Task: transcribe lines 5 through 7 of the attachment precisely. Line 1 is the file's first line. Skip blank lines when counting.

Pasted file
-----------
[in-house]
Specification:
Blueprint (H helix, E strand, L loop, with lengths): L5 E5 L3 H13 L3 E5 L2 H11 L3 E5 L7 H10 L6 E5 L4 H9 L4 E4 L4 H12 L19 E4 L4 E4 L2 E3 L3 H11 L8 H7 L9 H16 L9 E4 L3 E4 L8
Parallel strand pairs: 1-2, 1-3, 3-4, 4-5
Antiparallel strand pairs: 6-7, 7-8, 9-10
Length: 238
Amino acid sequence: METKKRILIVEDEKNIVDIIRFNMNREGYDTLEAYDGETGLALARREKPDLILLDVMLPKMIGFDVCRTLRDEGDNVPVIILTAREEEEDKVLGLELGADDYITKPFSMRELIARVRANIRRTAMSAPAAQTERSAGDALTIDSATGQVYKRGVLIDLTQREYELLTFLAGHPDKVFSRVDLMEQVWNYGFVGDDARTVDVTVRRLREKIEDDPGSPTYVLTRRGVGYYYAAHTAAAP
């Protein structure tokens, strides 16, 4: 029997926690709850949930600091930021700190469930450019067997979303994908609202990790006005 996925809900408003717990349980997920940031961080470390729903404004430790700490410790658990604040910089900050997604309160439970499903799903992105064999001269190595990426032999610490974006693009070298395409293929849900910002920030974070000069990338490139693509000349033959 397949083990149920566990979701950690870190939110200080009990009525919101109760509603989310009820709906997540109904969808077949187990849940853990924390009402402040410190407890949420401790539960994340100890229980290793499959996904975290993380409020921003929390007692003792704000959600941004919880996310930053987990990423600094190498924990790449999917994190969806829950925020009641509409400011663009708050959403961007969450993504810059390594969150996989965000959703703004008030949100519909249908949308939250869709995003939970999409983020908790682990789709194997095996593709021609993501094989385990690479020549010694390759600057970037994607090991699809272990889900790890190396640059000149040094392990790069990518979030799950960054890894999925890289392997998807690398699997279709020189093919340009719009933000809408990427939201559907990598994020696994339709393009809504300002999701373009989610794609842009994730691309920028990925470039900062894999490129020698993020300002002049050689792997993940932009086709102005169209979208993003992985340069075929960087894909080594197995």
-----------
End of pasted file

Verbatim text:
Antiparallel strand pairs: 6-7, 7-8, 9-10
Length: 238
Amino acid sequence: METKKRILIVEDEKNIVDIIRFNMNREGYDTLEAYDGETGLALARREKPDLILLDVMLPKMIGFDVCRTLRDEGDNVPVIILTAREEEEDKVLGLELGADDYITKPFSMRELIARVRANIRRTAMSAPAAQTERSAGDALTIDSATGQVYKRGVLIDLTQREYELLTFLAGHPDKVFSRVDLMEQVWNYGFVGDDARTVDVTVRRLREKIEDDPGSPTYVLTRRGVGYYYAAHTAAAP